I wrote up a method I used for my first set of tires in the Tech Tips section. It involved using a quart bottle with a hose clamped to the valve stem (minus the core); inverting the bottle and squeezing it to get the fluid out. I use RV antifreeze and water in a 2 to 1 ratio.
I used it on the front tires of my Sears GT18 first---it worked okay, but was tedious as the front tires held a gallon of fluid, which required 4 refills per side, allowing about 20% air space.
When I did my HT23 Bolens, I used a long piece of vinyl tubing clamped to the valve stem, with the other end stuck inside a bottle of RV antifreeze sitting on the fender. I pushed the tire in with my knee on the tread area (make sure you have the hose out or the escaping air can bubble the fluid out of the bottle), then stuck the hose in and moved my knee. The resulting suction started the fluid through the tube and it became a siphon. Cut a couple notches across the end of the tube in the fluid so it doesn't stick against the bottom of the bottle and restrict the fluid going through it. BTW, The fluid does leak around the valve stem little--maybe a quarter cup for the whole process.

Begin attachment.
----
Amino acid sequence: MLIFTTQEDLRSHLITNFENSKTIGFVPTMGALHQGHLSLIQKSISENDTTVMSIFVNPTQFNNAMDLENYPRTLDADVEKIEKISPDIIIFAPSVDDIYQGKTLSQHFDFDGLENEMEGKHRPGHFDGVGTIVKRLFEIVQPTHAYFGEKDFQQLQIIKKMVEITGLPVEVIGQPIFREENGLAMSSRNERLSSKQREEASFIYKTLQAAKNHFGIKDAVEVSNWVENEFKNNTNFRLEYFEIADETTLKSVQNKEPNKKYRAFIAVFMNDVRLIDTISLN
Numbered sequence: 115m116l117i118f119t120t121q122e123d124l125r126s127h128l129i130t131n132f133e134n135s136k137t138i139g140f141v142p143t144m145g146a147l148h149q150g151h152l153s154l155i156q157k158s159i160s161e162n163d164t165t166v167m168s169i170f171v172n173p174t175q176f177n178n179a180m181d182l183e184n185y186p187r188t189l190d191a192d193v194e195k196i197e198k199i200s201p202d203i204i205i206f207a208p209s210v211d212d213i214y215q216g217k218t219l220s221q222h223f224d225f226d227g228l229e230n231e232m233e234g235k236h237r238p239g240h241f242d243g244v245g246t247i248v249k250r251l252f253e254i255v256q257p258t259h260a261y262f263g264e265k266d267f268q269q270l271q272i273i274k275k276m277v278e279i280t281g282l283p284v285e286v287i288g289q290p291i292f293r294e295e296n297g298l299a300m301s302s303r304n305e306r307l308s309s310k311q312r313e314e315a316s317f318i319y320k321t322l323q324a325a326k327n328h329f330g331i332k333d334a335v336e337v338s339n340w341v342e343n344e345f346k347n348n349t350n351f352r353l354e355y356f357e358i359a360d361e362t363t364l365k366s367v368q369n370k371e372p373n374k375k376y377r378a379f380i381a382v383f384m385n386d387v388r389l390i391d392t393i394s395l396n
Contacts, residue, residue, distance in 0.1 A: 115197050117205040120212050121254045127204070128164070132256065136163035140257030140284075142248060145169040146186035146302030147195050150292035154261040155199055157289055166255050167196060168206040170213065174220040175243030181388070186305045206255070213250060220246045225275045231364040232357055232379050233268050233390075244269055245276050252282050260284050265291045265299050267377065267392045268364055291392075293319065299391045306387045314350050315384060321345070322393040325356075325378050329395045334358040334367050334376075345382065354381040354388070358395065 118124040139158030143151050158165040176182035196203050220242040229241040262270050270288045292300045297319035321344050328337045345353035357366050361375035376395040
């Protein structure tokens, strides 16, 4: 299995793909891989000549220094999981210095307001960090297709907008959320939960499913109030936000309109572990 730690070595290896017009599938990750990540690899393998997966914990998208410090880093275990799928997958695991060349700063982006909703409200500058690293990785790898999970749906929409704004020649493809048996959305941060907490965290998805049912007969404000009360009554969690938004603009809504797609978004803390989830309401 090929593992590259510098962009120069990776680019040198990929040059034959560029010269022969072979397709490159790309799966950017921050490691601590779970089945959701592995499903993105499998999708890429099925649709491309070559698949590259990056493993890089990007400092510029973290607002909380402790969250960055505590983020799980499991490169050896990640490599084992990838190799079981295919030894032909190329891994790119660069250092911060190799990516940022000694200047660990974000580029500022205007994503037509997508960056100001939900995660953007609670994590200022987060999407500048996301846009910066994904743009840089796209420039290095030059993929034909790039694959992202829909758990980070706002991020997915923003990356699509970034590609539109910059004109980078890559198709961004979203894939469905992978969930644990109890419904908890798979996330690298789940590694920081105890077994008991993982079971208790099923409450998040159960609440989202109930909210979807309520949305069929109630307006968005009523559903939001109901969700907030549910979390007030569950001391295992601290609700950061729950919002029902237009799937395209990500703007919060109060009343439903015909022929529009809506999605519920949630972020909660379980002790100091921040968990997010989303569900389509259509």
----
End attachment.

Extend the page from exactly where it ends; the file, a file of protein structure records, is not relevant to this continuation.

If the tire is too stiff to press in with your knee, put a jack under the axle and let it down, thus expelling the air; put the tube in the bottle, then pump up the jack.
I find you have to do this technique about twice per gallon of fluid. You may have to "burp" the tire more than that, but you can start the siphon going, and go do other things... just check back every 10 minutes or so.
I recently did it on my Kubota B7100 with 16" rims on the rear, and each tire took 9 gallons. I used a fill hose from a Fix a Flat can to screw onto the valve stem, stuck a piece of 1/4" copper tubing in it, then clamped a piece of vinyl tubing to the copper tubing.
You can't fill the tires completely using this method, but you don't want to anyway. You need to leave some air (at least 25%) to act as a cushion for the tires.
You can use washer fluid the same way if you want--it's cheaper, but I think the alcohol is a little harder on tires than the Propylene Glycol in the RV antifreeze. Plus the RV Antifreeze has rust inhibitors in it and is compatible with plastics, etc.
Edited by Utah Smitty, February 10, 2015 - 10:21 PM.